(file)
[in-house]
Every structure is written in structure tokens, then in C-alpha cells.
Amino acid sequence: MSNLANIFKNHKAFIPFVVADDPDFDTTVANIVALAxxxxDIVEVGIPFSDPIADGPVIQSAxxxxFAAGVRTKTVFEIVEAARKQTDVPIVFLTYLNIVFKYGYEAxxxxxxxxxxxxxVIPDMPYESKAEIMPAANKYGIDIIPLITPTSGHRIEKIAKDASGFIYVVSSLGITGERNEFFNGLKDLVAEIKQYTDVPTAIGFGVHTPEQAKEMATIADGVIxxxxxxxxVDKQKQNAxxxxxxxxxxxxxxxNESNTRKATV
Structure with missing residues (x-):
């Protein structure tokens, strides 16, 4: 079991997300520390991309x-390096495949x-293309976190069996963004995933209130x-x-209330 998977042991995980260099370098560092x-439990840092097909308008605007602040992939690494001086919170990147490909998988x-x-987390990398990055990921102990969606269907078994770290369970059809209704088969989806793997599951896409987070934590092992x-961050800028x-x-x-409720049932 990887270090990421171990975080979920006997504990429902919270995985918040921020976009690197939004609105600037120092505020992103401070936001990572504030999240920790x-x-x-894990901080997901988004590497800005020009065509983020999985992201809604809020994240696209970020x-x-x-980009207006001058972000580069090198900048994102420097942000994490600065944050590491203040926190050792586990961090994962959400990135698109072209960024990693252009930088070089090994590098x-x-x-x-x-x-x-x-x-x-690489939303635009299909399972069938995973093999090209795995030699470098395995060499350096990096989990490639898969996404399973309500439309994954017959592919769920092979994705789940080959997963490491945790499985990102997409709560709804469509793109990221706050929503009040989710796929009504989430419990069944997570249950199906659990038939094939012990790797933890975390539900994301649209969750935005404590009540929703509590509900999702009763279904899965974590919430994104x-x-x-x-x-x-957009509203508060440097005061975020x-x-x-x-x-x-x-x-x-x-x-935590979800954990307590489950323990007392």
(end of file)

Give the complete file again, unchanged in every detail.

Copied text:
[in-house]
Every structure is written in structure tokens, then in C-alpha cells.
Amino acid sequence: MSNLANIFKNHKAFIPFVVADDPDFDTTVANIVALAxxxxDIVEVGIPFSDPIADGPVIQSAxxxxFAAGVRTKTVFEIVEAARKQTDVPIVFLTYLNIVFKYGYEAxxxxxxxxxxxxxVIPDMPYESKAEIMPAANKYGIDIIPLITPTSGHRIEKIAKDASGFIYVVSSLGITGERNEFFNGLKDLVAEIKQYTDVPTAIGFGVHTPEQAKEMATIADGVIxxxxxxxxVDKQKQNAxxxxxxxxxxxxxxxNESNTRKATV
Structure with missing residues (x-):
């Protein structure tokens, strides 16, 4: 079991997300520390991309x-390096495949x-293309976190069996963004995933209130x-x-209330 998977042991995980260099370098560092x-439990840092097909308008605007602040992939690494001086919170990147490909998988x-x-987390990398990055990921102990969606269907078994770290369970059809209704088969989806793997599951896409987070934590092992x-961050800028x-x-x-409720049932 990887270090990421171990975080979920006997504990429902919270995985918040921020976009690197939004609105600037120092505020992103401070936001990572504030999240920790x-x-x-894990901080997901988004590497800005020009065509983020999985992201809604809020994240696209970020x-x-x-980009207006001058972000580069090198900048994102420097942000994490600065944050590491203040926190050792586990961090994962959400990135698109072209960024990693252009930088070089090994590098x-x-x-x-x-x-x-x-x-x-690489939303635009299909399972069938995973093999090209795995030699470098395995060499350096990096989990490639898969996404399973309500439309994954017959592919769920092979994705789940080959997963490491945790499985990102997409709560709804469509793109990221706050929503009040989710796929009504989430419990069944997570249950199906659990038939094939012990790797933890975390539900994301649209969750935005404590009540929703509590509900999702009763279904899965974590919430994104x-x-x-x-x-x-957009509203508060440097005061975020x-x-x-x-x-x-x-x-x-x-x-935590979800954990307590489950323990007392």